objective was to get our Congressmen to co-sponsor these bills and to get our Senators to sponsor similar legislation on the Senate side. The first day included many exciting guest speakers including Political Analyst Mark Shields, Sen. Tom Coburn (R, Oklahoma), and the comedic group “Capitol Steps”. Tuesday was the day with all of the action. Early in the morning, NCPA brought in more guest speakers including Rep. Marion Barry (D, Arkansas) who is the only pharmacist in Congress, and Chairman of the powerful Ways and Means Committee Rep. Charles Rangel (D, New York). One of the coolest moments for me happened while waiting in the hotel lobby. As I gathered with my group I noticed a small crowd surrounded by several men in black suits moving rather quickly towards the door. As they got closer I realized it was none other than Presidential candidate Sen. Hilary Clinton. As the Secret Service agents rushed Sen. Clinton past I wanted to take a picture, but I thought maybe it wasn’t wise to reach into my pocket and jerk out a metal object. After all of the commotion surrounding Sen. Clinton and Rep. Charles Rangel, we gathered to head over to the Capitol for the big news conference scheduled by NCPA to announce to the nation the purpose of our trip and to hear the support of the main sponsors of the pro-pharmacy legislation. This was my first time attending a news conference of this magnitude and I loved standing behind the podium with other pharmacists and student pharmacists while 10 different Congressmen and women further expressed their support of our profession. To make things even more exciting Rep. Geoff Davis (R, Kentucky) stood as one of the major speakers at the press conference, which made me proud to hear my fellow Kentuckian show such great support for our cause. Following the conference, meetings with all six Kentucky Congressmen were scheduled throughout the entire afternoon. My first meeting was with Rep. Ben Chandler (D, 6th District). We had a brief talk with Mr. Chandler who was on his way to vote, followed by a very detailed meeting with one of his assistants. Chandler’s assistant was very knowledgeable about the issues and remembered me from a meeting I had with her back in April. The assistant put a smile on my face when she reported that Mr. Chandler would be co-sponsoring our bills and supporting the community pharmacist. The next meeting was at the office of Rep. Ron Lewis (R, 2nd District). I really looked forward to the meeting, because as a native of Bardstown I am one of Mr. Lewis’ constituents. Unfortunately, Mr. Lewis was not able to meet with us but his legislative assistant invited us in to discuss our issues. The meeting started out like any other but then quickly took a turn for the worse when it was apparent that Mr. Lewis would not be supporting our legislation. It was disheartening to me as a student pharmacist to get the impression that my Congressman did not really care about the fair treatment of community pharmacists. His assistant gave me no real reason why Rep. Lewis would not support more negotiating rights or speedier payments from Medicare Part D that would help hundreds of Kentucky pharmacies stay in business and continue to provide patient care to thousands of Kentuckians. His assistant simply listened to our case and then thanked us for stopping by. I left that office with a sense of real frustration and realized that this must be the part of politics that keeps many people from getting involved, but I knew my job was not over because there were still other Kentucky Congressmen to meet. I followed the Kentucky group up to the office of Rep. Geoff Davis (R, 4th District) for a meeting with one of his top assistants. This meeting was expected to go a little smoother, knowing that Rep. Davis was one of the main supporters of the 2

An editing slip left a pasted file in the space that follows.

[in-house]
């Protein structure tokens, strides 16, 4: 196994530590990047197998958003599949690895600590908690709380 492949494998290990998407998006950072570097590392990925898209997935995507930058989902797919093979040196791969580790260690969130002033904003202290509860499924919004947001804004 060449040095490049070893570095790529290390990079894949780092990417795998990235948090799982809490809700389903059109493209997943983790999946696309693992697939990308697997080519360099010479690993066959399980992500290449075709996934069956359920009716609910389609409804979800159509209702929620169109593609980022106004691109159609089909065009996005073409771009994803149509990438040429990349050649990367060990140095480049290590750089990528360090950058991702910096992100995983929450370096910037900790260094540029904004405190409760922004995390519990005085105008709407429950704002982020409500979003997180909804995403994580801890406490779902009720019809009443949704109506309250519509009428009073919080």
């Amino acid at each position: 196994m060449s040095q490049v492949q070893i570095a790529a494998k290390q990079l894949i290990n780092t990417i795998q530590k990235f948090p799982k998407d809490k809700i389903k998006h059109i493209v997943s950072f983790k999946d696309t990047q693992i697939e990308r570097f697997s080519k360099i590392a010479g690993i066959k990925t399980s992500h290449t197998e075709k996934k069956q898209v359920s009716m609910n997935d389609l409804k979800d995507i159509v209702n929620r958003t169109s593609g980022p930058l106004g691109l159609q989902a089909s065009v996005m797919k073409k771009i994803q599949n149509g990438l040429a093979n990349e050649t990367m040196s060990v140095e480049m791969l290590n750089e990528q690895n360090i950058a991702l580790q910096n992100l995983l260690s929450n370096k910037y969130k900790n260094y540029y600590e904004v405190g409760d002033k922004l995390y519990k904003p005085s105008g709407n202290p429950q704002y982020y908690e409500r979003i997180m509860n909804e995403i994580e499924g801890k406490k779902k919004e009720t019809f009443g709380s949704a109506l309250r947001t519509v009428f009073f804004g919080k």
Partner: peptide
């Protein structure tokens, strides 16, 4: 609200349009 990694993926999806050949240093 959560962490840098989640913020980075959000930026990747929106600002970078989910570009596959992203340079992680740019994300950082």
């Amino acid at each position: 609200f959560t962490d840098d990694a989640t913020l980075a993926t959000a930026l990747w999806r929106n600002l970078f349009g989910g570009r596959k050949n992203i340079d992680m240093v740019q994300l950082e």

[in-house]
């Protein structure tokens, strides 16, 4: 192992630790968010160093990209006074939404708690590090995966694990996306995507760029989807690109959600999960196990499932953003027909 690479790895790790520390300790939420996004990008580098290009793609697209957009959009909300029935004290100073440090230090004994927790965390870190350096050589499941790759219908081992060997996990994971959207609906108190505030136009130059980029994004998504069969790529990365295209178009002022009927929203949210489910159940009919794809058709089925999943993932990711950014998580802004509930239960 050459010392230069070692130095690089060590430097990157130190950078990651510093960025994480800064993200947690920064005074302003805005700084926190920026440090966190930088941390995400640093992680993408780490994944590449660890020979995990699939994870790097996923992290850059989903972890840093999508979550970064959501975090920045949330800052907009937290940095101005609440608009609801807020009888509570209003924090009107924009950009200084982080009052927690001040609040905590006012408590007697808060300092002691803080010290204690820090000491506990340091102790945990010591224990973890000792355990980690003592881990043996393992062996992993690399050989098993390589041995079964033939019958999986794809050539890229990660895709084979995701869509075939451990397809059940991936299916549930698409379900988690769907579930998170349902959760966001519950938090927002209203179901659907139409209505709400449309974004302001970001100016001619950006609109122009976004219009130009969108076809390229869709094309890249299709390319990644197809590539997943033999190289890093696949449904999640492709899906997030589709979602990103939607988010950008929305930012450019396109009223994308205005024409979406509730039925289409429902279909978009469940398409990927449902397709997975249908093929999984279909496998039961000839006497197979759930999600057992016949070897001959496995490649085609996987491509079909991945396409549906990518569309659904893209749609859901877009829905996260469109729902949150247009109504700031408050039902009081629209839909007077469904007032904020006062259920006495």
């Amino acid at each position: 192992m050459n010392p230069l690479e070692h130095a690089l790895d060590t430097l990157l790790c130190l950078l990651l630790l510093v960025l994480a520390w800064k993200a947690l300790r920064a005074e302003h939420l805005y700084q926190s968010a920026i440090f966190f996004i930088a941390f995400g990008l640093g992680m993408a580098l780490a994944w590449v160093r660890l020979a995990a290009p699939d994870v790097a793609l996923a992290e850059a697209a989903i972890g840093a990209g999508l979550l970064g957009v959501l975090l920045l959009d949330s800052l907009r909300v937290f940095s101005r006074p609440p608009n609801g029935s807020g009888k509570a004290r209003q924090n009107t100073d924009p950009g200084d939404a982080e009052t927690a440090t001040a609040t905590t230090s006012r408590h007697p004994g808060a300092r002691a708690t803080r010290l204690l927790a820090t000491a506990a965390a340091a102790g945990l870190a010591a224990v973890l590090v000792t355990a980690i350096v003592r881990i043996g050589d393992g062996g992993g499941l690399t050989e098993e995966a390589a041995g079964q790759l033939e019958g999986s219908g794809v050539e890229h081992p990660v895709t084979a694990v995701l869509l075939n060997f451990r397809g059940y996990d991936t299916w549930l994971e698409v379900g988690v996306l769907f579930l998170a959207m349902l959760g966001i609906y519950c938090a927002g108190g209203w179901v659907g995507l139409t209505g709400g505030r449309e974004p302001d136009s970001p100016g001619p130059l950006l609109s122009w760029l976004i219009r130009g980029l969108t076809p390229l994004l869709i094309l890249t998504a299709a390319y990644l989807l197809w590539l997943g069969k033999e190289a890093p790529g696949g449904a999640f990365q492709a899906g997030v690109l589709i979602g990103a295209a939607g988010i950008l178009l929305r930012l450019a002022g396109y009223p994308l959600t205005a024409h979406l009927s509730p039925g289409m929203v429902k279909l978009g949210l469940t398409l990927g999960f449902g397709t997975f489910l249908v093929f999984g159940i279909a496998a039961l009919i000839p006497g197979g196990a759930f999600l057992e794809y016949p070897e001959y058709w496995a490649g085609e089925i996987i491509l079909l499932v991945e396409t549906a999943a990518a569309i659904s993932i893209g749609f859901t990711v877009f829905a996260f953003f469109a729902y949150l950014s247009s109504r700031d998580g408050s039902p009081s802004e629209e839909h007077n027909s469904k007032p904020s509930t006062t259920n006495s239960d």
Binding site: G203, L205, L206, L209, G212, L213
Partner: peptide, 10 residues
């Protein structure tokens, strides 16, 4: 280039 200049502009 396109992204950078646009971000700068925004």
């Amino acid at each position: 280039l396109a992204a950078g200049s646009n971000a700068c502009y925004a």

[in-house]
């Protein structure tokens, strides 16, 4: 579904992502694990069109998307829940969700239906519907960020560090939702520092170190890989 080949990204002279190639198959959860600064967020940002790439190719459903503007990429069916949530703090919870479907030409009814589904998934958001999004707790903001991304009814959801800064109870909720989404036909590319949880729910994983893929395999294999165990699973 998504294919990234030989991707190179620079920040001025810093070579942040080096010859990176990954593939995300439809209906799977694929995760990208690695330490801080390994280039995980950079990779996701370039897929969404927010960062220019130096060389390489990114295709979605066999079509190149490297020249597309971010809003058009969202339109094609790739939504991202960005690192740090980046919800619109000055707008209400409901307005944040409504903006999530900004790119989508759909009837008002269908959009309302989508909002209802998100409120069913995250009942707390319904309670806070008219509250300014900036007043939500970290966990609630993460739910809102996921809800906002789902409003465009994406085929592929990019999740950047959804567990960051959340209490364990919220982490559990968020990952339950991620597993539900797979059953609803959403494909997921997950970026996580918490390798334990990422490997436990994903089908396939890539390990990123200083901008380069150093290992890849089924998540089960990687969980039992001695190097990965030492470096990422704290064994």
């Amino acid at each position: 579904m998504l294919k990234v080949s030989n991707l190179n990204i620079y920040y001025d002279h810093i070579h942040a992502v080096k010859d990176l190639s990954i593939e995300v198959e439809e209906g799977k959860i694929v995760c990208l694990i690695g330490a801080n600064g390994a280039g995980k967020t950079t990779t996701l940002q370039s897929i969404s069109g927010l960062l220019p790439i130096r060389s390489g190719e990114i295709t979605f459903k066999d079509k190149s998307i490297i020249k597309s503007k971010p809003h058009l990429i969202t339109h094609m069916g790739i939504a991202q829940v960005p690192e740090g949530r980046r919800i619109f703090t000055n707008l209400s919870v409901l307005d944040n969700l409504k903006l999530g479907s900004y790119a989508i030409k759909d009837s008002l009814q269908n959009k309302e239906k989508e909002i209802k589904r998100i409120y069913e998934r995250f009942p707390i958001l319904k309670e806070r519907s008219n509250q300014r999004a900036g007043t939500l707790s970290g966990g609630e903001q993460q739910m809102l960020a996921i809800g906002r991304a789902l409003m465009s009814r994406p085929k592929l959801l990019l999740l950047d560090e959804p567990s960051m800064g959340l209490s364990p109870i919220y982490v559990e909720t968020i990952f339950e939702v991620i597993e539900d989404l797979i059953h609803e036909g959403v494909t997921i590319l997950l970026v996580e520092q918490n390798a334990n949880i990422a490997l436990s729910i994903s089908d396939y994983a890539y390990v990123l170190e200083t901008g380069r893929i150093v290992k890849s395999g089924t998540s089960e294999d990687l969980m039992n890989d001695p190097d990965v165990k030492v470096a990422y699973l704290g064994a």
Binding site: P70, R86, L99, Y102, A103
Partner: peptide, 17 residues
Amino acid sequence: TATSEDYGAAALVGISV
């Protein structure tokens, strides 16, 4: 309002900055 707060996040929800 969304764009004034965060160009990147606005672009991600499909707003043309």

“Prompt Pay” and “Negotiating Rights” bills. We wanted to show our gratitude as well as continue to talk about the importance of other issues like the definition of Average Manufacturers Price. The experience with Congressman Geoff Davis’ office was an extremely positive one. The meeting with Rep. Davis’ assistant was very positive and later that evening Rep. Davis attended a reception sponsored by NCPA. At the NCPA reception I had a chance to speak with Rep. Davis and share how extremely encouraging it was for me, as a student, to know that lawmakers like him truly recognized the value of the community pharmacist and were willing to stand with us. My final scheduled meeting was with Rep. Ed Whitfield (R, 1st District). I did not expect to meet with him, but he happened to be walking out of the office as our group walked in. He immediately made his way over to our group, introduced himself, and began to talk with us even though his assistants were telling him he needed to be somewhere soon. I enjoyed the short encounter with Rep. Whitfield and I felt like he was truly happy to see us. Following our short remarks with the Congressman, we had a meeting with one of his Legislative Assistants named Jeff. The meeting was very positive and we left knowing that Rep. Whitfield would also cosponsor the proposed bills to support the pharmacy profession. Unfortunately, scheduling kept me from meeting with Rep. John Yarmuth (D, 3rd District) or Rep. Harold Rogers (R, 5th District) but I was told that Rep. Yarmuth had agreed to cosponsor the NCPA bills. I left Kentucky hoping to make a difference and after two hectic days of politics I returned with a feeling of accomplishment. Our group helped convince four of Kentucky’s six congressmen to support legislation that would help community pharmacy. As a twenty-three year old student pharmacist from little Bardstown, Kentucky I learned to stand in front of lawmakers and make a strong case to earn their support. I returned to the Bluegrass state with a priceless education, not found in a textbook, that will help me influence pharmacy policy for the rest of my career. *Joey Mattingly is a Pharm.D./M.B.A. candidate at the University of Kentucky.